The CEO and co-founder of Soitec shares his vision of how partnership speeds the proliferation of SOI and other engineered substrates.
The advanced substrate community has made terrific strides in deploying SOI and reaping the benefits thereof. The current model of ad hoc collaboration – supplier-to-client, partner-to-partner, manufacturer-to-customer – has been instrumental in moving SOI firmly into the mainstream. Read More
The widening availability of tools and services is good news for designers in the fabless/foundry arena considering the move to SOI.
Leading foundries have made the investments in manufacturing on SOI. Those that have taken the final steps – finalizing electrical characterization, constructing SPICE models, integrating design tools and building libraries – are winning business.
Chartered, for example, is producing SOI-based chips for AMD, the Microsoft Xbox®360, Via, and others in partnership with IBM. TSMC, meanwhile has announced an SOI version of its Nexsys 65nm process technology for next year.
For the high-performance fabless community, IBM itself was the first to open SOI doors to its foundry customers. Ghavam Shahidi, Director of Silicon Technology, IBM Research Division, says they see the full range – from customers that do the whole thing themselves, just getting the IBM-specific SOI IP, to those who essentially hand off the whole project to the IBM services group. Asked how big a challenge the move to SOI is, he says, “It’s not a big deal – it seems scarier than it is.”
As far as those low-power customers worried about the added cost of SOI wafers, he suggests that if they were to consider the broader picture and include things like cooling, they might find it a more cost-effective solution.
Design flow involves a series of iterative steps subject to rules and constraints – many of which are different when devices are built in SOI. SOI-specific IP is needed at each step, especially:
• In support of the logic synthesis tools used to transform the high-level RTL design into a gate-level netlist (which is the collection of “standard cells” and their electrical interconnections specific to the foundry that will do the manufacturing).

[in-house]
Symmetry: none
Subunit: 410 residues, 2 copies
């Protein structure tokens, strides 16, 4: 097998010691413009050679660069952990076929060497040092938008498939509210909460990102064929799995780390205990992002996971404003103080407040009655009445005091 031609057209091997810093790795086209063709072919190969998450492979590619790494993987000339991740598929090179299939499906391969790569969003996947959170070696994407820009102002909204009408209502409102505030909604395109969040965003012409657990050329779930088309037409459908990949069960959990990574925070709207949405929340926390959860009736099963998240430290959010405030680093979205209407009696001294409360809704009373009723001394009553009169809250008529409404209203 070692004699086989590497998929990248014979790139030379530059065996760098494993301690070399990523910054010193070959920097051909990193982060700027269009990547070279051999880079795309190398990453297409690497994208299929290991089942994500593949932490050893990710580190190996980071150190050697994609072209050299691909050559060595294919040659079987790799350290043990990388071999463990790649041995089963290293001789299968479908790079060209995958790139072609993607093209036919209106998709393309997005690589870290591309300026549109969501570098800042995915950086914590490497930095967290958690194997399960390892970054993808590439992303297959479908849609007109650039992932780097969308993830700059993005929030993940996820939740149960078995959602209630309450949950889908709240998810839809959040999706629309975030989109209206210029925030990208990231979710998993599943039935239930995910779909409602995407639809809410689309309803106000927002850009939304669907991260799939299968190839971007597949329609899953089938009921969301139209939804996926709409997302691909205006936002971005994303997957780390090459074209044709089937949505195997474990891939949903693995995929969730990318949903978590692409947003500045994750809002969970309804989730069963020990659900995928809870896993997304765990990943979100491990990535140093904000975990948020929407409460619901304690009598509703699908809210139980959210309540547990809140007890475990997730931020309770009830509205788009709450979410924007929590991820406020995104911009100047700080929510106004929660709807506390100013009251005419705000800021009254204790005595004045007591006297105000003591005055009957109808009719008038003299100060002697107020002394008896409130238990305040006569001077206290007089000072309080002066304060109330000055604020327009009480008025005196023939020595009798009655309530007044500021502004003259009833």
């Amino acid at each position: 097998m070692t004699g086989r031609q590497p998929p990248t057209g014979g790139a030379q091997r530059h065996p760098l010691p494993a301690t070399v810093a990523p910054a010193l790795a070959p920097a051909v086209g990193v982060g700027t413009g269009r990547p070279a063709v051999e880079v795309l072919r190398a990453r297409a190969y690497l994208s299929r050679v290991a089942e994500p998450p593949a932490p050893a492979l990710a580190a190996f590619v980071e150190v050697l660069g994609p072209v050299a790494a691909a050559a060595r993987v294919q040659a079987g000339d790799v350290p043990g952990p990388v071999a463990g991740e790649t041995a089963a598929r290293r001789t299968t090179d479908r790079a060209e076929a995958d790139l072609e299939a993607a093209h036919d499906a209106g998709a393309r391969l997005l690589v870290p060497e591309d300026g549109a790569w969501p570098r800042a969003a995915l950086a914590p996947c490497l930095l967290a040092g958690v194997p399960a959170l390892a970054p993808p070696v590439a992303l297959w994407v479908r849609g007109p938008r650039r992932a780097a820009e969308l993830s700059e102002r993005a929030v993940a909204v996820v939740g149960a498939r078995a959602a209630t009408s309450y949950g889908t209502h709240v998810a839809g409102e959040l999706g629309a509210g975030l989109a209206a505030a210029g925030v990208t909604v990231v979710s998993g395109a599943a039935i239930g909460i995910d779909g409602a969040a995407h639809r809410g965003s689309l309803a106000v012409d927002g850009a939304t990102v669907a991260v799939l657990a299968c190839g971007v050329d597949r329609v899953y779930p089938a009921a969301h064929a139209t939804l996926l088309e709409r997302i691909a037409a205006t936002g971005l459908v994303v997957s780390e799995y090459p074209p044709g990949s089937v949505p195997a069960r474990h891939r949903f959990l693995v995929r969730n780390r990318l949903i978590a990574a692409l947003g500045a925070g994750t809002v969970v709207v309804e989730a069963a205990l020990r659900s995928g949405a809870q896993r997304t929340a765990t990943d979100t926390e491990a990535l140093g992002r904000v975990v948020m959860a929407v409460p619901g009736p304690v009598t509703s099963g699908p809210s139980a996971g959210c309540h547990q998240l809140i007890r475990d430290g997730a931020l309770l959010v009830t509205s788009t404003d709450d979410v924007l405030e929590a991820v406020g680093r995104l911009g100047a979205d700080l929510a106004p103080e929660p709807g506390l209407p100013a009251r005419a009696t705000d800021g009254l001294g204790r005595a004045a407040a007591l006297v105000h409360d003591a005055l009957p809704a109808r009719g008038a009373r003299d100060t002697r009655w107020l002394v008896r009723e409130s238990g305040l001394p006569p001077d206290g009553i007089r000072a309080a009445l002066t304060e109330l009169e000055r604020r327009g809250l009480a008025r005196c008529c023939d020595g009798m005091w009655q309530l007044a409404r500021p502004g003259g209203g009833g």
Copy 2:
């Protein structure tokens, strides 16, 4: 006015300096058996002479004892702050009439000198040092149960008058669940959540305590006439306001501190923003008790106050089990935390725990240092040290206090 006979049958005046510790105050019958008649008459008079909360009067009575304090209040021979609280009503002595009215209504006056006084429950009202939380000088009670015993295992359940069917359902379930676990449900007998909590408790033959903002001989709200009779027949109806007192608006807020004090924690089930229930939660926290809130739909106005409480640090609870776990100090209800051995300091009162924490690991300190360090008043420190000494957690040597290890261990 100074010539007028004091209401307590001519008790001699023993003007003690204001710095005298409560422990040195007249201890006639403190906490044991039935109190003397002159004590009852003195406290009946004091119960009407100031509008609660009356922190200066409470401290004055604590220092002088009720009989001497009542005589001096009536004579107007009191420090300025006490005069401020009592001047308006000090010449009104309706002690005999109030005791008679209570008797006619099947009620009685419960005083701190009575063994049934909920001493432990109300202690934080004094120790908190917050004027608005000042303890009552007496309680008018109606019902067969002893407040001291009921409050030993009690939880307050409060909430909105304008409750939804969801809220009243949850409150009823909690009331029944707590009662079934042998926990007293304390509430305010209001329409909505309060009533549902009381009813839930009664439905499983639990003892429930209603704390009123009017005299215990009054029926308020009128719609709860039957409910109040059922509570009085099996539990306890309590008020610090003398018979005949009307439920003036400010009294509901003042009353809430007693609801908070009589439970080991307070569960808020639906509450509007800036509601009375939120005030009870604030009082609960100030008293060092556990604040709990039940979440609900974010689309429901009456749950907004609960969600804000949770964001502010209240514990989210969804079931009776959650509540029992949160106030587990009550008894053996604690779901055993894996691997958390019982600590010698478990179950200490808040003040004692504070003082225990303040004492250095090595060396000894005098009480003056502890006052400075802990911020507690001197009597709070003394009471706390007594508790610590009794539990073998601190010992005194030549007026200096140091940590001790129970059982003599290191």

• And in the placement and routing tools to layout the chip. Either the design team has to develop SOIspecific expertise (a substantial investment), or license intellectual property (IP) from a third party (the foundry or an IP vendor).
By licensing the requisite IP, designing-in SOI becomes a transparent process. As the designer generates netlists and optimizes placement and routing, the SOI IP is applied via standard EDA tools from companies like Cadence, Synopsys and Magna.
TCAD from Synopsys, for example, can model the SOI technology from the process and device simulation standpoint, so performance of SOI and bulk silicon can be compared before choosing the right technology for the design, says a company representative. Also, engineers can optimize the SOI technology by using TCAD simulation before running costly experimental wafers.
Says Francois Thomas, Europe ICD & DFM Field Marketing Director for Cadence Design Systems, “SOI uses nearly standard processes and design but with better performance. The real difference appears for cell creation, analog simulation and DRC and parasitic extraction.”
Recently three new SOI IP and design services suppliers have helped bring SOI design to a wider community.
Soisic. Working with companies that pioneered SOI, Soisic developed extensive design expertise and intellectual property (IP), which is now available to any ASIC designer. For a simple licensing fee, a design team can transparently integrate the SOI-specific design considerations into the design flow – without a special understanding of SOI (things like the history effect, for example) and the differences with bulk. No additional investment in time, training or libraries is needed
Innovative Silicon (ISi). ISi has harnessed the SOI “floating body effect” for memory cells that are twice as dense as existing DRAM and five times as dense as existing SRAM. This proprietary “Z-RAM™” (for Zero capacitor DRAM) technology uses standard SOI logic processes without new materials or extra process or masking steps. For most SoC and microprocessor ICs, this results in SOI being a lower-cost solution than bulk silicon. AMD is the first licensee.